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Red River Quick Recap: Oklahoma - 31, Texas- 26

Texas empties a 9mm clip into its foot, field dresses the wound and still almost wins the gunfight.

Ronald Martinez

A Texas team that is committed to giving us agonizing glimpses of what it could be only to hobble themselves with penalties and mistakes managed to self-inflict enough wounds on special teams and a few huge mistakes - on the field and in the press box - that they negated more than doubling up the Sooners 482-232 while dominating large swathes of the game.

I've never seen a team so thoroughly dominate large stretches with nothing to show for it.  We make everything hard. The Jenna Jameson of football teams.


Team effort level and the overall willingness to win was high - there was no rivalry game rollover when big plays went against us.  We showed mental resilience and a willingness to compete - even when our spirits clearly lagged.

Jordan Hicks was exceptional all game.  Great scrapes, physicality and relentless play.  Steve Edmond was very good in his role as between-the-tackles punisher.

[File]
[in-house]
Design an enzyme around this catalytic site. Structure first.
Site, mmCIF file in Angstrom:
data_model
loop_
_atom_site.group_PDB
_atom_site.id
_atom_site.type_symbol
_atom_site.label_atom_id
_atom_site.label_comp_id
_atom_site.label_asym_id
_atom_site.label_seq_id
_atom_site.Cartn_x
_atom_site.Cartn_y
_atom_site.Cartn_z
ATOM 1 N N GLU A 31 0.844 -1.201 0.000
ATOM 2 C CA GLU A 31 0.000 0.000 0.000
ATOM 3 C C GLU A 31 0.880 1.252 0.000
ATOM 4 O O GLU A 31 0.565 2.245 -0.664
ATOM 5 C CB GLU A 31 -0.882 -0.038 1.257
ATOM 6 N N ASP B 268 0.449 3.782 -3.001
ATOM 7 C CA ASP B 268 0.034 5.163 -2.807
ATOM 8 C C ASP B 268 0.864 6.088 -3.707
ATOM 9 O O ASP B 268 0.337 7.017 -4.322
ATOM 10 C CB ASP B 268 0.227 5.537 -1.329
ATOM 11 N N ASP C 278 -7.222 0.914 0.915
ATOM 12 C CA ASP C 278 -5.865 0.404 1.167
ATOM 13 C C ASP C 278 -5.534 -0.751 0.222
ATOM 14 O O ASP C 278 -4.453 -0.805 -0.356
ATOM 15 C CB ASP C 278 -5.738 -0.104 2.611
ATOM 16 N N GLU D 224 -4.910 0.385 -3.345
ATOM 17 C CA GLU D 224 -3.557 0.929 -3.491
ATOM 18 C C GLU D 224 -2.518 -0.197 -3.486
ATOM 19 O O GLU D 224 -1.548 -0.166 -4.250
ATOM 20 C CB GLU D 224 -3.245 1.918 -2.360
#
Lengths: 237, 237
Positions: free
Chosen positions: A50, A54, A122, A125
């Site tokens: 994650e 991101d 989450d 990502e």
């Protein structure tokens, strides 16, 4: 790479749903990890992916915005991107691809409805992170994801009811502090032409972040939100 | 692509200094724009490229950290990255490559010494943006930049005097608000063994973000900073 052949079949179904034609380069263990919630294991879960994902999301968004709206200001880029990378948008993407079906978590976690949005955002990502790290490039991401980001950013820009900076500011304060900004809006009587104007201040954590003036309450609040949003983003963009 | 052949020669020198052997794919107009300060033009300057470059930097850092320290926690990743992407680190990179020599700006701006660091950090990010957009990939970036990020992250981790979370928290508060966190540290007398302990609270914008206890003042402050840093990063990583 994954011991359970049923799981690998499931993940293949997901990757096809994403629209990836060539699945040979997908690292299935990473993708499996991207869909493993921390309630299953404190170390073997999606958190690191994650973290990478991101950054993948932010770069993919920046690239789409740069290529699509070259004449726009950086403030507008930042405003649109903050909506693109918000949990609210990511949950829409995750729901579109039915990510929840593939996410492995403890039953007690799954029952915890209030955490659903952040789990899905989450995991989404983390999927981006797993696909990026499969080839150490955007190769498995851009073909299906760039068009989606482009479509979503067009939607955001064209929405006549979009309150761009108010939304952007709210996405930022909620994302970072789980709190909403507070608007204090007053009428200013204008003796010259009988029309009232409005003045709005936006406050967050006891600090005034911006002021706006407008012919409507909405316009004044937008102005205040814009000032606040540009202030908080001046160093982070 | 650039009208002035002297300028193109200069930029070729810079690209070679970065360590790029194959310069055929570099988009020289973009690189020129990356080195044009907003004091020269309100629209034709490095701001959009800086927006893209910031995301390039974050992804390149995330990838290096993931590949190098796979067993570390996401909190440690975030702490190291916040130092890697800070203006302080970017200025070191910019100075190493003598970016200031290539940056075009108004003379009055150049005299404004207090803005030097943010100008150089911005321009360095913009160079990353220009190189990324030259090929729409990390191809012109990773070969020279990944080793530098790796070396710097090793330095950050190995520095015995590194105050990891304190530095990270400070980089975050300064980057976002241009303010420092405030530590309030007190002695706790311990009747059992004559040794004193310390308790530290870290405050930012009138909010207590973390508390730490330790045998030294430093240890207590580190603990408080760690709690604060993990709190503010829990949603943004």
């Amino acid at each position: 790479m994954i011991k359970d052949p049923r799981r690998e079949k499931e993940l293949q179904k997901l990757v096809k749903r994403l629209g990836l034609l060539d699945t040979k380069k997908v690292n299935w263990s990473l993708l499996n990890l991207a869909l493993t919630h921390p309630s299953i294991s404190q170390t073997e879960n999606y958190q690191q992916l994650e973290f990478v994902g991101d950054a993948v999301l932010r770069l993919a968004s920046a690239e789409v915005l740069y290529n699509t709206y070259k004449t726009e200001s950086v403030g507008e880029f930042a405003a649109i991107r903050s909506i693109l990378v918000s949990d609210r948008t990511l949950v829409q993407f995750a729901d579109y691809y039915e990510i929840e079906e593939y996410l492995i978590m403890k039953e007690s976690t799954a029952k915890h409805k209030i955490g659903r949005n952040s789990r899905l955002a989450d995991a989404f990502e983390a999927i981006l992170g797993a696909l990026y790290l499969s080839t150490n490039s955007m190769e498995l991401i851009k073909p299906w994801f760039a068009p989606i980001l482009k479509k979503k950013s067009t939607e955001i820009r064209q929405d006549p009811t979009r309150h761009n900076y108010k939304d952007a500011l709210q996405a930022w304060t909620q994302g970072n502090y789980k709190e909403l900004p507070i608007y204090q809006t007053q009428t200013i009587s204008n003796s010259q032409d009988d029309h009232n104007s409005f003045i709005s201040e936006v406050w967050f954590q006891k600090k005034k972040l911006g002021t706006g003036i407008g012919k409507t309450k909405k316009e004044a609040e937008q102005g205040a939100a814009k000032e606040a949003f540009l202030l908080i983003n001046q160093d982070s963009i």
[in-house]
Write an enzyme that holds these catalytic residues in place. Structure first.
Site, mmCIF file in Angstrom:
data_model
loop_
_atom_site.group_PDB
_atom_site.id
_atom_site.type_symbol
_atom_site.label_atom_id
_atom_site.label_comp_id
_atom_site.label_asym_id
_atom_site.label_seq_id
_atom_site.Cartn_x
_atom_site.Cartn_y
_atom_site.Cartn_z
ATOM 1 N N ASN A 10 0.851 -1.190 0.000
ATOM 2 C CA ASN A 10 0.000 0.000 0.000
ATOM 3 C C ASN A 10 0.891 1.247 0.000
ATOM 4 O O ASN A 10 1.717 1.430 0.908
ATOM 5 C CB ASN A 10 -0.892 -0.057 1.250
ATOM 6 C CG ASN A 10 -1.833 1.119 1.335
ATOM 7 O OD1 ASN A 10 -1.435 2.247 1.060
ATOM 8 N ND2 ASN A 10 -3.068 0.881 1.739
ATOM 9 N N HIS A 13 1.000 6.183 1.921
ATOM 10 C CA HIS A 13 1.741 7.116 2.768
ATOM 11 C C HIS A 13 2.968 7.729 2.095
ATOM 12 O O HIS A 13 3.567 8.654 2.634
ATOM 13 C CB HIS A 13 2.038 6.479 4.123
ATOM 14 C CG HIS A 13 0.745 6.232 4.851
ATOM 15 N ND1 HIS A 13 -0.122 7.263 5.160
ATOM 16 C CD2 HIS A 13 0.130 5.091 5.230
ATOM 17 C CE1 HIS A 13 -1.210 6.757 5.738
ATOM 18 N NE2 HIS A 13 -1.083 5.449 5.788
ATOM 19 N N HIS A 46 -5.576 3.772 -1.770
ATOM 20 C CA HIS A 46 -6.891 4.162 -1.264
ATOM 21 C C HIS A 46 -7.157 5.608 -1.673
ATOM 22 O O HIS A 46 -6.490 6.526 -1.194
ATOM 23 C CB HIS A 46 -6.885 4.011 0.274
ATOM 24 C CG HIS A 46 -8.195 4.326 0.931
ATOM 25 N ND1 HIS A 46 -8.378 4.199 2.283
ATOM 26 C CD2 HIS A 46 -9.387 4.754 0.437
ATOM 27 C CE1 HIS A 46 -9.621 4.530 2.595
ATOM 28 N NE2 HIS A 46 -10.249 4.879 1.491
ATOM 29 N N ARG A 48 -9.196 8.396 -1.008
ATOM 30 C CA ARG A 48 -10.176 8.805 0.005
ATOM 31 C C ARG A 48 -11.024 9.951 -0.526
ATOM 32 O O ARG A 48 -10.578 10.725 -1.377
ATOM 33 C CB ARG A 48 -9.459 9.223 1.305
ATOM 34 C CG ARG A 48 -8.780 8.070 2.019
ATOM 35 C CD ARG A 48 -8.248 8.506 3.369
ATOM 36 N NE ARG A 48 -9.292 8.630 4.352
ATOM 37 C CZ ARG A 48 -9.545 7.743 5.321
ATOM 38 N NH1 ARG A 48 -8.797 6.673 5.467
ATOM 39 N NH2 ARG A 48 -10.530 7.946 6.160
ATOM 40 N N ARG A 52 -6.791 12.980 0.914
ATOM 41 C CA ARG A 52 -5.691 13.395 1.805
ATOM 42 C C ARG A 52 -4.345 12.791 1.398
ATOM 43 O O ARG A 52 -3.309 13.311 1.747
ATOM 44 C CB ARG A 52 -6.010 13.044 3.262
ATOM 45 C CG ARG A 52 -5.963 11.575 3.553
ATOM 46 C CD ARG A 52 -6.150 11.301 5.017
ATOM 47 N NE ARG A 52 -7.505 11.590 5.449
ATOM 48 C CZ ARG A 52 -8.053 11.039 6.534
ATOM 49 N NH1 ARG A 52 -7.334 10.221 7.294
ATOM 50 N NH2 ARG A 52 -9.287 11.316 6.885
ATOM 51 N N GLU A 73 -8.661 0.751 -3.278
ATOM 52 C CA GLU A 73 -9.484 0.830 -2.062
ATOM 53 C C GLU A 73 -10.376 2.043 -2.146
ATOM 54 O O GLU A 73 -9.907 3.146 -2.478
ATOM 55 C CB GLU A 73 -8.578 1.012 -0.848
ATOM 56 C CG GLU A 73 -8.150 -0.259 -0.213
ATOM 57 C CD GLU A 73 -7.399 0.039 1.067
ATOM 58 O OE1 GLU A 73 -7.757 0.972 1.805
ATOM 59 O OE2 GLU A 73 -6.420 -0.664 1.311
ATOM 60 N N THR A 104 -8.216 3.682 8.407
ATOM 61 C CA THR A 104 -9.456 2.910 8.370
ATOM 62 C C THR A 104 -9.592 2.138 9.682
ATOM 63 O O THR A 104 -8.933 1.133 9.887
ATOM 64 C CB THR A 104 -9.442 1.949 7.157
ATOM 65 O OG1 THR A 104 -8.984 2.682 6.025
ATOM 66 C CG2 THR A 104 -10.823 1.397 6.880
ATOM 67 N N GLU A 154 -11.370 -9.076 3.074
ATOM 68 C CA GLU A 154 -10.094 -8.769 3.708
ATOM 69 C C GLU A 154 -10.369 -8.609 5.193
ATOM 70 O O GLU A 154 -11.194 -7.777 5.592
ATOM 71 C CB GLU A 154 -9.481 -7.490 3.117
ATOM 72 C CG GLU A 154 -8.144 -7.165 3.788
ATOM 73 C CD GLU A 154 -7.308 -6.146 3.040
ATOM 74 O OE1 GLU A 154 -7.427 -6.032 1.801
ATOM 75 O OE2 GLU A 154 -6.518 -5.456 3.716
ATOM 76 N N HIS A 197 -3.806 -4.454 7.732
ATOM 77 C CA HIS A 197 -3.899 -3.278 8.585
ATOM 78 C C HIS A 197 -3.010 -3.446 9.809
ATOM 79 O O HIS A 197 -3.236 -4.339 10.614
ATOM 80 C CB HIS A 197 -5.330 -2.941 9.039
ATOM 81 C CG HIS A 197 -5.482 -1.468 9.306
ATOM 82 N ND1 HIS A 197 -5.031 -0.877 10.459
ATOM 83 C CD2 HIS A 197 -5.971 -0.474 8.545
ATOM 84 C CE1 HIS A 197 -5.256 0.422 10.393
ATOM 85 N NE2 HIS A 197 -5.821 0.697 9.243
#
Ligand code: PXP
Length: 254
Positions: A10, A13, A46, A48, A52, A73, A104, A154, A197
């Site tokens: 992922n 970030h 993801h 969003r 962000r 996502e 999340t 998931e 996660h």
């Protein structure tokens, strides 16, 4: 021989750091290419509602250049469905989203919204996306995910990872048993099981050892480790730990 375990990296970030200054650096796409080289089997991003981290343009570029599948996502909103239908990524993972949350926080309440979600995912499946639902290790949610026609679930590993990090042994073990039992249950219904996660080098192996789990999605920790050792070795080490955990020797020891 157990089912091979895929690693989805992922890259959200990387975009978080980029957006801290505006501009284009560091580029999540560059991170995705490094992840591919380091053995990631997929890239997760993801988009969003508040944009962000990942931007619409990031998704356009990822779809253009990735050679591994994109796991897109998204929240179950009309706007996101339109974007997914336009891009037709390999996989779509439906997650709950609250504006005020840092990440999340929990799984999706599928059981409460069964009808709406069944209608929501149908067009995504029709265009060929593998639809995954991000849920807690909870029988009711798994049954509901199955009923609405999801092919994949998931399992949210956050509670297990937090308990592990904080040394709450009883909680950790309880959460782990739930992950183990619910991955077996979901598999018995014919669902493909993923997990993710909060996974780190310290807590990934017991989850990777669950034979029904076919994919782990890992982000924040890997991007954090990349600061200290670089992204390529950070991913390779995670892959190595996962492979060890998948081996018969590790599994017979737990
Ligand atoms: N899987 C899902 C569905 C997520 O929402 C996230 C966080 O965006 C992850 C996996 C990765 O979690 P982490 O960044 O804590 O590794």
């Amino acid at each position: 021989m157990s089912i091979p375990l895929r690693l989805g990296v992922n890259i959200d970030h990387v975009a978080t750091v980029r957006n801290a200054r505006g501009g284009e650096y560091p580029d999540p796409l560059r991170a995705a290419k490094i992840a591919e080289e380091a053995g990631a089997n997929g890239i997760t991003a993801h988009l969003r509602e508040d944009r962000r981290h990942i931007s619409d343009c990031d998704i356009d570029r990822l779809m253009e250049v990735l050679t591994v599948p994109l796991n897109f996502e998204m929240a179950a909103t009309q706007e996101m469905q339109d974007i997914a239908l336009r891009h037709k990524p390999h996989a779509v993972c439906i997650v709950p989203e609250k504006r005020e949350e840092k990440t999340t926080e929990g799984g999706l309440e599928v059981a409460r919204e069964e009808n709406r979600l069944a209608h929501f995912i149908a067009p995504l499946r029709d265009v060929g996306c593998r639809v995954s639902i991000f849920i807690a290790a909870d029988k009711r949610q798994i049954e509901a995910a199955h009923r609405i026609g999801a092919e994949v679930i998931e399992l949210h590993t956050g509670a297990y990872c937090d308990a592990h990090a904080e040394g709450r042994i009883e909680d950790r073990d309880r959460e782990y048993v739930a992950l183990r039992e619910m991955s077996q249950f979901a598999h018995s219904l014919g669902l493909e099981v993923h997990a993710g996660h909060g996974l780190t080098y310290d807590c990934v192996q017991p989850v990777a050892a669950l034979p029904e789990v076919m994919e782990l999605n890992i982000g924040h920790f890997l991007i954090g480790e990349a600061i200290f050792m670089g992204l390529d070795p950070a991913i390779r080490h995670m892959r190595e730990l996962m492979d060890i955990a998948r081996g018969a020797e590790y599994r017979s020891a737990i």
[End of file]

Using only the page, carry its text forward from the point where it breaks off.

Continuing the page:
Young safety Jason Hall continues to impress.  Played every snap and never came out of the game.  Tremendous fundamental tackler who lost only one battle late against a player that has him by 35 pounds.  This is a player you can build a program around.

Duke Thomas continues to play excellent football.  One gaffe against UCLA seems a long time ago.

The DL was dominant again.  Brown did as he pleased and Ridgeway drew several (uncalled) holds.  It seems the Sooners play perfectly clean football?  Reed may have been quiet against an ultra-conservative Sooner O as a pass rusher, but he dominated at the point of attack.

Tyrone Swoopes showed significant growth standing in the pocket and distributing more accurate balls.  He was poised and played hard.  27 of 44 for 334 yards, 2 TDs, 1 INT is a hell of a lot of growth for a QB who couldn't keep his eyes downfield if a breeze hit him last week.  He also showed improved, though not flawless decision-making in when to scramble and when to continue with his progressions.  Incredibly proud of Tyrone for playing well in an emotional game.  He exceeded my expectations.

The offensive line, though far from perfect, showed yet another week of improvement.  The motion penalties seemed to have been a mixture of nerves and cadence issues, but overall Swoopes operated on most of his throws with a clean pocket.  Contrast with BYU if you want to see how far we've come.  Proud of a makeshift group that battled hard and keeps getting better.  Taylor Doyle walked into an impossible situation as a first time starter at center and competed hard, if imperfectly.  Jordan Phillips certainly didn't dominate.

The wide receivers - despite three drops - played well overall.  But a couple of those drops....